On July 26, 2016, Judge William S. Duffey of the United States District Court for the Northern District of Georgia issued an important decision for Georgia restaurants. In the decision, Malivuk v. Ameripark, LLC, the Court held that if a company pays any hourly employees at an hourly rate at or above minimum wage ($7.25/hour), then under the federal Fair Labor Standards Act the company is entitled to do what it wishes with any tips paid by customers to these employees. The company is free to collect all tips received by minimum wage employees and distribute some, all or none of these tips to the employees.
This is not the case for “tipped employees” who are paid a direct wage of less than minimum wage of $7.25 per hour. These tipped employees must retain all of their tips other than those that are distributed to other front of the house employees as part of a valid tip pool. In litigation pending in California, the United Stated Department of Labor (“DOL”) has taken the position that this requirement that employees retain all of their tips applies regardless of what hourly rate the restaurant pays to its employees. In other words, the DOL has taken the position (and California courts have agreed) that even if you are not taking the “tip credit” with respect to your tipped employees, you nevertheless can be sued by those employees if they do not retain all of their tips. Judge Duffey’s Opinion is a clear rejection of this interpretation.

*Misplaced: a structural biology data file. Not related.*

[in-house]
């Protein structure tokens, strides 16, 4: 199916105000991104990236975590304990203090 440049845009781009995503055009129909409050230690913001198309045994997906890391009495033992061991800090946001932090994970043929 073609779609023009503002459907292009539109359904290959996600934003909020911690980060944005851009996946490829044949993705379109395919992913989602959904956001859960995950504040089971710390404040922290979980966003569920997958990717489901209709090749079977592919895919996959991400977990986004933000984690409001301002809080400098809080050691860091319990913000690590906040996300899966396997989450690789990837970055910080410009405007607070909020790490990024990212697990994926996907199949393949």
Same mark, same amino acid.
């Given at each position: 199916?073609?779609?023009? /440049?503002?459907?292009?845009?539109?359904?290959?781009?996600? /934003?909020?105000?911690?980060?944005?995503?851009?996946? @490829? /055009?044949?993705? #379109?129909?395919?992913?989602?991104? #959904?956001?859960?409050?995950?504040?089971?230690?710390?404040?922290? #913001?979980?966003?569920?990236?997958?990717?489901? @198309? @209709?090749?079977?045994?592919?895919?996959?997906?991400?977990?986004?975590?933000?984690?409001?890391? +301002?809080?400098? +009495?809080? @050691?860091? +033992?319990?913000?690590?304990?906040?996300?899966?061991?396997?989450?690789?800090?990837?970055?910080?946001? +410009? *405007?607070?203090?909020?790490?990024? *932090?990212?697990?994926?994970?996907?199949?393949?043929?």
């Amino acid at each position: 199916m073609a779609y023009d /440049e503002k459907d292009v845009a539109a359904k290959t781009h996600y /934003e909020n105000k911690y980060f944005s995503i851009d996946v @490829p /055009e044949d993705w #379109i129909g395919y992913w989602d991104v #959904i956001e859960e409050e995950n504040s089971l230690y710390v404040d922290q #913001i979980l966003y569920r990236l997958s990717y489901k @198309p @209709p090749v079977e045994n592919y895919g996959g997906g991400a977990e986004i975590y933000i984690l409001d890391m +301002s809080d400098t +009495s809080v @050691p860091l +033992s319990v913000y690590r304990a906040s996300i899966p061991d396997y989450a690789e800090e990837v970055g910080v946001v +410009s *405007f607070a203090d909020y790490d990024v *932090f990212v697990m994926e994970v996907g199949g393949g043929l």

Practically, Judge Duffey’s Opinion also can be read to mean that all of the federal legal requirements that apply to “tipped employees” (including provision of written notice of the “tip credit,” the requirement that tipped employees retain all of their tips, and any applicable limitations on the amount of “non-tipped work” tipped employees may perform) do not apply to restaurants that pay their tipped employees an hourly rate of $7.25 or higher. Many Atlanta restaurants have already taken this approach and begun paying their Servers, Bussers, Bartenders, etc. an hourly wage at or above $7.25/hour and recaptured the difference in hourly wages through retention of some of the customer tips. While the DOL disagrees, Judge Duffey’s Opinion validates this approach as lawful under the Fair Labor Standards Act.
If you have further questions regarding Judge Duffey’s opinion, or for advice on creating pay practices that can avoid costly litigation, please contact Eric Magnus or Justin Barnes at Jackson Lewis, P.C. They can be reached at 404-525-8200.